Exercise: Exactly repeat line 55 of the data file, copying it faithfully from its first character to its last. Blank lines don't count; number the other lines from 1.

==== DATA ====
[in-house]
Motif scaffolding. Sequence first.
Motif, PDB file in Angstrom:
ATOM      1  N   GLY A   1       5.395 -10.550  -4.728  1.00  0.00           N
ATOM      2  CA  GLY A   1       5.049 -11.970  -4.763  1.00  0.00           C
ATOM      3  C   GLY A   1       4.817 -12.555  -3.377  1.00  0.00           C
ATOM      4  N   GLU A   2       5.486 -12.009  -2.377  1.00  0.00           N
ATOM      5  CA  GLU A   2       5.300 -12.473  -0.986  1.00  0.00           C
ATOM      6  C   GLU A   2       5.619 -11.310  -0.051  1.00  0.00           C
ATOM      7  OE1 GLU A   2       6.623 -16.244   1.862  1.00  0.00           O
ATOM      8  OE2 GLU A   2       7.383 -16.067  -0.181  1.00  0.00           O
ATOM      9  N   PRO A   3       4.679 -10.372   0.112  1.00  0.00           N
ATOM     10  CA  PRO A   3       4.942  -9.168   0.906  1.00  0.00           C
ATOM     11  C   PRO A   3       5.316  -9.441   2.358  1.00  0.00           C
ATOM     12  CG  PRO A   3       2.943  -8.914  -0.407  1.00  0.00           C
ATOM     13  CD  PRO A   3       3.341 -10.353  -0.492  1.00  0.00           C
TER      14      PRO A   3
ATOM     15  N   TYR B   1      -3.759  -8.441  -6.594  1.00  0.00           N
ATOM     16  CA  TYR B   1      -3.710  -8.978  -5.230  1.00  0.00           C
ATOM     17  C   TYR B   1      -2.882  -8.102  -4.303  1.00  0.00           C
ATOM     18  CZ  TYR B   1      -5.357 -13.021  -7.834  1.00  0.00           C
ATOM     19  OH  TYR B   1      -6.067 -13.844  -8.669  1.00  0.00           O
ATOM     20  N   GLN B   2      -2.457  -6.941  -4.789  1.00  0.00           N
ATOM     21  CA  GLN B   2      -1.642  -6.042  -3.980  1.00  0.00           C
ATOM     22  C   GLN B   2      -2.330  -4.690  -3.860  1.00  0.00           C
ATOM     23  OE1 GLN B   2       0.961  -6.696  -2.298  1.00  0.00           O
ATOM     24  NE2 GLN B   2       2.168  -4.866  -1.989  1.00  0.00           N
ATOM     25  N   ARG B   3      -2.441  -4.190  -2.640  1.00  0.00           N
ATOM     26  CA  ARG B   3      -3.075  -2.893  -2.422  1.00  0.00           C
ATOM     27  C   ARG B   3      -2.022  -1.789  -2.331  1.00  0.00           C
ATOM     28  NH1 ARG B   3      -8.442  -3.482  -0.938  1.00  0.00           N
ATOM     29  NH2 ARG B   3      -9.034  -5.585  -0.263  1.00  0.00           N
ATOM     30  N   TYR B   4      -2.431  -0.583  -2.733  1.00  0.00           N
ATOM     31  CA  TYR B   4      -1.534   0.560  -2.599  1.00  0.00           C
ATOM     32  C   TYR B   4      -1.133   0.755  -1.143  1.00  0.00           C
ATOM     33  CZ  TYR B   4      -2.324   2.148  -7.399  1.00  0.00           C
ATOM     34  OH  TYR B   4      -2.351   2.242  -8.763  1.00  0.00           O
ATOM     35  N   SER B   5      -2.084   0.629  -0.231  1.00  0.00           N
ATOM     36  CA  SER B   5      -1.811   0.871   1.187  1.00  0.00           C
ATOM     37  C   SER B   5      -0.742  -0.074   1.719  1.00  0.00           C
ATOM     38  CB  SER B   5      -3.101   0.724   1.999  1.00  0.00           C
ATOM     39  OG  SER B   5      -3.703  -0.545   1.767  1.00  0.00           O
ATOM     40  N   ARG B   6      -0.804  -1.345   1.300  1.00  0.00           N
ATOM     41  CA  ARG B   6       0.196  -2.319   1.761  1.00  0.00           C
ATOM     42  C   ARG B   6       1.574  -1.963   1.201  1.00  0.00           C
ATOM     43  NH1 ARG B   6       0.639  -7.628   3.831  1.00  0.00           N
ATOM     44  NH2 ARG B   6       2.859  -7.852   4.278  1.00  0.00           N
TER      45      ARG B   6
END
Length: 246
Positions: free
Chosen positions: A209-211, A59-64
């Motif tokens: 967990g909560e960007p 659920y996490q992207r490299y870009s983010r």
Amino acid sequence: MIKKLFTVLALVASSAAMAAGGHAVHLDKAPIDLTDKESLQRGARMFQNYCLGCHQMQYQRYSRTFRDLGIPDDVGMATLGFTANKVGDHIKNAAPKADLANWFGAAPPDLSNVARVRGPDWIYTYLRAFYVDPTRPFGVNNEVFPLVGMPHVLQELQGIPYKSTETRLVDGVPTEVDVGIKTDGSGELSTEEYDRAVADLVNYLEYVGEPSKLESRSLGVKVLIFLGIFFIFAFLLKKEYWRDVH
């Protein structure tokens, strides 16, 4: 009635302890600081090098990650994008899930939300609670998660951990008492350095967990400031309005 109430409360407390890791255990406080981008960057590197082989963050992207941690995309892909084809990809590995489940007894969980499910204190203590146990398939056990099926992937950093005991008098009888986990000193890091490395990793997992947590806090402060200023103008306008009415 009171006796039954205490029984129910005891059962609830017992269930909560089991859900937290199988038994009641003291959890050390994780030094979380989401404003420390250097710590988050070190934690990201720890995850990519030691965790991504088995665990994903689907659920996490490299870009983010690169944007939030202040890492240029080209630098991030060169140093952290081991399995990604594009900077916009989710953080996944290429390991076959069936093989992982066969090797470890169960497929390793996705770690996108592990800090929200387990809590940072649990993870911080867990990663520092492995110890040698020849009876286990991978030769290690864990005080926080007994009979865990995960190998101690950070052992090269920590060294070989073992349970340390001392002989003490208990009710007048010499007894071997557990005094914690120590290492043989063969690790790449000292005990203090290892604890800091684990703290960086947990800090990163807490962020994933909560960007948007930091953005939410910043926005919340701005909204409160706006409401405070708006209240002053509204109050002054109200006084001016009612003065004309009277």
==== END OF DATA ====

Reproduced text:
């Protein structure tokens, strides 16, 4: 009635302890600081090098990650994008899930939300609670998660951990008492350095967990400031309005 109430409360407390890791255990406080981008960057590197082989963050992207941690995309892909084809990809590995489940007894969980499910204190203590146990398939056990099926992937950093005991008098009888986990000193890091490395990793997992947590806090402060200023103008306008009415 009171006796039954205490029984129910005891059962609830017992269930909560089991859900937290199988038994009641003291959890050390994780030094979380989401404003420390250097710590988050070190934690990201720890995850990519030691965790991504088995665990994903689907659920996490490299870009983010690169944007939030202040890492240029080209630098991030060169140093952290081991399995990604594009900077916009989710953080996944290429390991076959069936093989992982066969090797470890169960497929390793996705770690996108592990800090929200387990809590940072649990993870911080867990990663520092492995110890040698020849009876286990991978030769290690864990005080926080007994009979865990995960190998101690950070052992090269920590060294070989073992349970340390001392002989003490208990009710007048010499007894071997557990005094914690120590290492043989063969690790790449000292005990203090290892604890800091684990703290960086947990800090990163807490962020994933909560960007948007930091953005939410910043926005919340701005909204409160706006409401405070708006209240002053509204109050002054109200006084001016009612003065004309009277």